The Lomography Smartphone Film Scanner is one of a kind. It’s a 35mm film scanner alright, but not quite your regular garden variety. Instead of connecting it to a PC, you clip it onto your smartphone and ‘scan’ the images by photographing them with your phone’s camera. Thanks to the Smartphone Film Scanner’s bright light panel, this works even with slide film. Of course, this way you won’t get results that you can print in huge sizes. But it’s a quick, easy and fun way to share your analog pictures via digital media.
And you can share your photos to the social sphere a whole load faster now.
Pros and Cons
- Small and portable, you can take it anywhere
- Easy and fun way to digitize your 35mm film
- Bright light panel even works for slide film
- Nowhere near as good as a dedicated 35mm scanner
- Image quality depends entirely on your smartphone’s camera
- Sometimes it takes a lot of fiddling until your phone is properly aligned
There isn’t really much about this scanner in terms of tech specs. It comes with a light panel which is powered by two 1.5V AA batteries.
The Lomography Smartphone Film Scanner comes in a simple box together with a small handbook. Since, however, the product is largely self-explanatory, you probably won’t need the handbook at all.
The scanner itself consists of the base that contains the light panel and batteries, three (removable) spacers, and the top that takes the smartphone. The spacers are needed to bring your phone into a position where both the magnification of the film image is large enough, but the camera is still able to autofocus. Since, however, most smartphone cameras have pretty wide angles of view and very short focal lengths, they usually focus very close. With my Sony Xperia V, I achieved the best results using only one spacer.
This is the base with the light panel and the battery compartment. The batteries are protected by a removable plastic lid.
The light panel emits a relatively bright light–bright enough to even shine through slide film, which has a higher density than negative film. On the right is the top part with one of the three spacers attached, the way I used it with my phone. The spacers easily attach to the base, to each other and to the top, and can also be easily separated again.
On one end, the Lomography Smartphone Film Scanner has an on/off switch, which activates or deactivates the light panel. On the top, there’s the release button for the smartphone holder’s locking mechanism.
On the other end there’s a winding knob that advances the film once it’s inside the scanner. The film is inserted on the right (left when you’re actually using it, considering this is the front) where it says ‘INSERT FILM HERE’. Pretty self-explanatory, as I said.
The top part is where you put your phone. It can be fixated in the holder, which can then additionally be moved left or right to properly align the camera with the peephole. Make sure not to place the top part the wrong way round (which is possible), with the peephole at the bottom instead of over the light panel, or you won’t be seeing anything on your phone’s display.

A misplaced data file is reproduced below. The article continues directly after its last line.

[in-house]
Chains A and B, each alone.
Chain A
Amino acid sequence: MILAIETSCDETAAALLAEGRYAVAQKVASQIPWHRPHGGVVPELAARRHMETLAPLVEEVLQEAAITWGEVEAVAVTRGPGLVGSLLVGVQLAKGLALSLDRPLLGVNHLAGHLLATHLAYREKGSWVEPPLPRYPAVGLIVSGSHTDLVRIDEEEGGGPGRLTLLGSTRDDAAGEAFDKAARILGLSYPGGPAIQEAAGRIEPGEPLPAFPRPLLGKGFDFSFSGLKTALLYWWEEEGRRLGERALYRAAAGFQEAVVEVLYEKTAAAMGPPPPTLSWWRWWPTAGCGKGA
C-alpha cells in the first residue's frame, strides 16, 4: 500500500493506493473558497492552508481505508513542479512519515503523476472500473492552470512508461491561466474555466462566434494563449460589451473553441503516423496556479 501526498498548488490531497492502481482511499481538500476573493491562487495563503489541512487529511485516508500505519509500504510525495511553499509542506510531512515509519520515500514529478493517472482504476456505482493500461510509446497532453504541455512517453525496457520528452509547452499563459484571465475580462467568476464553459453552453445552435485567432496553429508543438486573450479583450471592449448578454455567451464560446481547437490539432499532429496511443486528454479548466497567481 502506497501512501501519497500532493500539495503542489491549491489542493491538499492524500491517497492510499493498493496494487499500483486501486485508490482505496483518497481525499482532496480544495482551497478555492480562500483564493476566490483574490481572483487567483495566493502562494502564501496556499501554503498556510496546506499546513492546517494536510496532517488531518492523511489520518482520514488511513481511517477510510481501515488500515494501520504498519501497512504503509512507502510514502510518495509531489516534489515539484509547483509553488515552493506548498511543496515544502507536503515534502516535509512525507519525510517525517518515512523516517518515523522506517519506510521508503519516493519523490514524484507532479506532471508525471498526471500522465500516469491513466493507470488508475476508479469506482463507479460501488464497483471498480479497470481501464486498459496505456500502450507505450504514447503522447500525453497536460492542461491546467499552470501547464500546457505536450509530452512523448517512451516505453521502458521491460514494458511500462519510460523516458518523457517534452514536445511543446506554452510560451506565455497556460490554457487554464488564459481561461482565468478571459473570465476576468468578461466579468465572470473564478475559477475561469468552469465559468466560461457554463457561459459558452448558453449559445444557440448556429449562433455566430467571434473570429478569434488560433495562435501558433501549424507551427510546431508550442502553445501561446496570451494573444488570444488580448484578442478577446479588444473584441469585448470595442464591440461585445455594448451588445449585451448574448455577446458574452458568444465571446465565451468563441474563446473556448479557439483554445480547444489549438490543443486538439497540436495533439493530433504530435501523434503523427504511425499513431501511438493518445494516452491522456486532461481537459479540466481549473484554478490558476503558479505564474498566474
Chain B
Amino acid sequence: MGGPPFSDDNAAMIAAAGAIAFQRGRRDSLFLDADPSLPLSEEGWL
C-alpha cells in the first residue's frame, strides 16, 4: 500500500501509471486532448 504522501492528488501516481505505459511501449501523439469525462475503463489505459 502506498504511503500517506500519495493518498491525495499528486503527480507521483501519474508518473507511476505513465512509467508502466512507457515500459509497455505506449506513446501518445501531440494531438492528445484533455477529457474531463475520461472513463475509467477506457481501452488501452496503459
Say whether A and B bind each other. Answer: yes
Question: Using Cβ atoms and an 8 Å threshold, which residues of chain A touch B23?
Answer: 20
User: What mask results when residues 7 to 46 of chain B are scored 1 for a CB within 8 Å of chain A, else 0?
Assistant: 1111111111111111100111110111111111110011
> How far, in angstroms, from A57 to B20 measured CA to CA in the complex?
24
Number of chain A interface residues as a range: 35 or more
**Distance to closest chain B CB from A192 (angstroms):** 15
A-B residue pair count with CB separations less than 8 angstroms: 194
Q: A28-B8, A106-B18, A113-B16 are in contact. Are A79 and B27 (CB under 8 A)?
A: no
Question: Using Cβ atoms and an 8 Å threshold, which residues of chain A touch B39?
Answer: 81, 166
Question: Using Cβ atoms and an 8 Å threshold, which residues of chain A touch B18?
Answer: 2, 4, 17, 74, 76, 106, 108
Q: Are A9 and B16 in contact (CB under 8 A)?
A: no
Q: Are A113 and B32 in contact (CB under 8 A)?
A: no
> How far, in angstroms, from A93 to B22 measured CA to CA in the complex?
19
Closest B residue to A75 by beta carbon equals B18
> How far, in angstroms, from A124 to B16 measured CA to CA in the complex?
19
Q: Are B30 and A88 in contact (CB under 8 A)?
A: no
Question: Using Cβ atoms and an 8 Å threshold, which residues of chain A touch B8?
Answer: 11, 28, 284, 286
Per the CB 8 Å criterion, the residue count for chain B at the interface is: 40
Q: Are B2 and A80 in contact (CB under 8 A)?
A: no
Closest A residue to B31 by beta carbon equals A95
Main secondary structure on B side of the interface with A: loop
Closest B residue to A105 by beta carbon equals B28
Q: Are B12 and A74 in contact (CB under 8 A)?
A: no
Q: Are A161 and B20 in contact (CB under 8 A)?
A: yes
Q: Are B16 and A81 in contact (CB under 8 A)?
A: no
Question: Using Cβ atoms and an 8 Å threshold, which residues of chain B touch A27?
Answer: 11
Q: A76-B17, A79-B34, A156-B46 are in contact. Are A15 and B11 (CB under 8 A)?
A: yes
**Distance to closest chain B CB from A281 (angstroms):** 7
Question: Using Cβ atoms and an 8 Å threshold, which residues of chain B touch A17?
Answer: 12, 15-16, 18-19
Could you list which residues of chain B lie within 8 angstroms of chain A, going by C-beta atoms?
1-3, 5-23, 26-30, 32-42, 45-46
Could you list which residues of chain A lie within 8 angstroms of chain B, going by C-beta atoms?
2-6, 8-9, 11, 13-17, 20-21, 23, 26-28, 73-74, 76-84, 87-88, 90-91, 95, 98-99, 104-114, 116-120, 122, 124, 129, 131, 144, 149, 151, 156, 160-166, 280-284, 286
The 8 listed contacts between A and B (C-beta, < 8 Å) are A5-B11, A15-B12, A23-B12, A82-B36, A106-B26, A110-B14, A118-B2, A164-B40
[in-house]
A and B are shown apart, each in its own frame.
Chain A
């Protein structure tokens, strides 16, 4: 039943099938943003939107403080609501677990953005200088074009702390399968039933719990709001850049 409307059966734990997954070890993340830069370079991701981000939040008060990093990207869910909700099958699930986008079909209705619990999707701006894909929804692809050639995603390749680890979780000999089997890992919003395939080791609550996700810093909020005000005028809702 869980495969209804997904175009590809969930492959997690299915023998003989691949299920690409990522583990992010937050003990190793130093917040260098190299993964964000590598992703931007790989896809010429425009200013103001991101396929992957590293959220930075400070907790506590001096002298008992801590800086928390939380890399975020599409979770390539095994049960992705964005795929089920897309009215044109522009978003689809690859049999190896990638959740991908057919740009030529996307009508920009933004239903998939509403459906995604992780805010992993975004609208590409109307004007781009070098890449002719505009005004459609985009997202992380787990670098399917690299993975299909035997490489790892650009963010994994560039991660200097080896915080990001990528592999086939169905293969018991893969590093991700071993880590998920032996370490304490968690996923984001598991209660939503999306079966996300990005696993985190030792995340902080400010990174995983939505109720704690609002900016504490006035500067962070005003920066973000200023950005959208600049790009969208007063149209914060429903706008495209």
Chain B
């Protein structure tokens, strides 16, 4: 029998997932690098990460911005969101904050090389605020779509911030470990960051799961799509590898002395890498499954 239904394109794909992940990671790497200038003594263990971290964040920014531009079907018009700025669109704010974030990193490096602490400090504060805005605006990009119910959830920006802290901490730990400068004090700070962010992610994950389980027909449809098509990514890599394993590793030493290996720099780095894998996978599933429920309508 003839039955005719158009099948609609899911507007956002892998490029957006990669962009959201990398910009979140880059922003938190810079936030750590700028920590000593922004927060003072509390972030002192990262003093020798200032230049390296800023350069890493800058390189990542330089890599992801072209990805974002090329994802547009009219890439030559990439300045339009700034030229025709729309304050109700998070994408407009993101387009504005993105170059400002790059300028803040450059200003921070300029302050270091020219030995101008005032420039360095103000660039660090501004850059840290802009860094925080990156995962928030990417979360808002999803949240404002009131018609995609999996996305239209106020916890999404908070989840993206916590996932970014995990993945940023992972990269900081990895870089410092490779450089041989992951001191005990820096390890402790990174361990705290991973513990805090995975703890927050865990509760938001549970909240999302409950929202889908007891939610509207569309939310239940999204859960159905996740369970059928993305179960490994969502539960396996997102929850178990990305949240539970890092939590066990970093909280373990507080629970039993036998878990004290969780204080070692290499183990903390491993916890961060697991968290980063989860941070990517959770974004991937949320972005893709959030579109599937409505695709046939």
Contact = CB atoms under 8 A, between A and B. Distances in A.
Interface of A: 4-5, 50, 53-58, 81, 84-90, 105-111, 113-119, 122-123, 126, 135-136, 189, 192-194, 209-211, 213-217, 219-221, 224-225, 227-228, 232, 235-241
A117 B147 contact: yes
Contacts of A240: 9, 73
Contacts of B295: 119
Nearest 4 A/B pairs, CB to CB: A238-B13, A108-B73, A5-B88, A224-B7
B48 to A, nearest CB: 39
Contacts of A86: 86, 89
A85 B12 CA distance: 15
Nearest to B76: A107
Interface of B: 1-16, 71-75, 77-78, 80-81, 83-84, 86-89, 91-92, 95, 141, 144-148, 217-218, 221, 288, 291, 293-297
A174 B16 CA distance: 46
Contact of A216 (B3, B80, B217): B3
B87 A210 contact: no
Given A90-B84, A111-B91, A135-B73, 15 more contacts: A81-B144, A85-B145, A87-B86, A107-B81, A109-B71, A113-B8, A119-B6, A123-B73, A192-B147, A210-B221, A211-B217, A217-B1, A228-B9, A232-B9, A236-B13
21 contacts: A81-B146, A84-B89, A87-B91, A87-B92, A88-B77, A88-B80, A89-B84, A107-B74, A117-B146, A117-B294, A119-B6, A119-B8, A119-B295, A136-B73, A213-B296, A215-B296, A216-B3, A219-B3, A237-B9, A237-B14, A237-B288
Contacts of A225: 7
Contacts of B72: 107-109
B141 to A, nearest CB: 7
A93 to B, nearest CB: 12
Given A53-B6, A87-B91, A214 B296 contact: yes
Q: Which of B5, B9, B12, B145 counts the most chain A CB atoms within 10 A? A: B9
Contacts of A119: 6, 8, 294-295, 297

The Lomography Smartphone Film Scanner, like all Lomography products I’ve handled so far, is pretty low tech, and has a rather cheap feel to it. It’s made mostly of plastic and some foam pads that keep your smartphone comfortable. My biggest fear is that the individual parts may not be properly fixated on top of one another after a lot of use, since plastic is prone to wear out. The mechanisms of the smartphone holder feel quite sturdy, though.
Ease of Use
Operation of the Lomography Smartphone Film Scanner is a piece of cake. You simply insert the film at the side, place your phone on top, activate the light panel and the camera, and snap away. As easy as that. Much more difficult is it to get good results in-phone. While for black and white film all you need is an app that can invert colors in an image, for color negative film you need an app that is also able to compensate for the color tint caused by the orange film base. The ability to scan slide film, finally, depends entirely on the dynamic range you can get from your phone’s camera–as it does with a normal scanner.
Scanning Slide Film
I already mentioned that the Lomography Smartphone Film Scanner’s light panel is bright enough to shine through the relatively dense material of slide film. However, because of its density, the contrast between the darkest and the brightest part in a positive image is usually much more than the tiny sensor of a smartphone camera can handle. My Sony Xperia V’s camera, fortunately, has a built-in HDR mode, which proved to be perfect for the task of scanning slides with the Lomo scanner.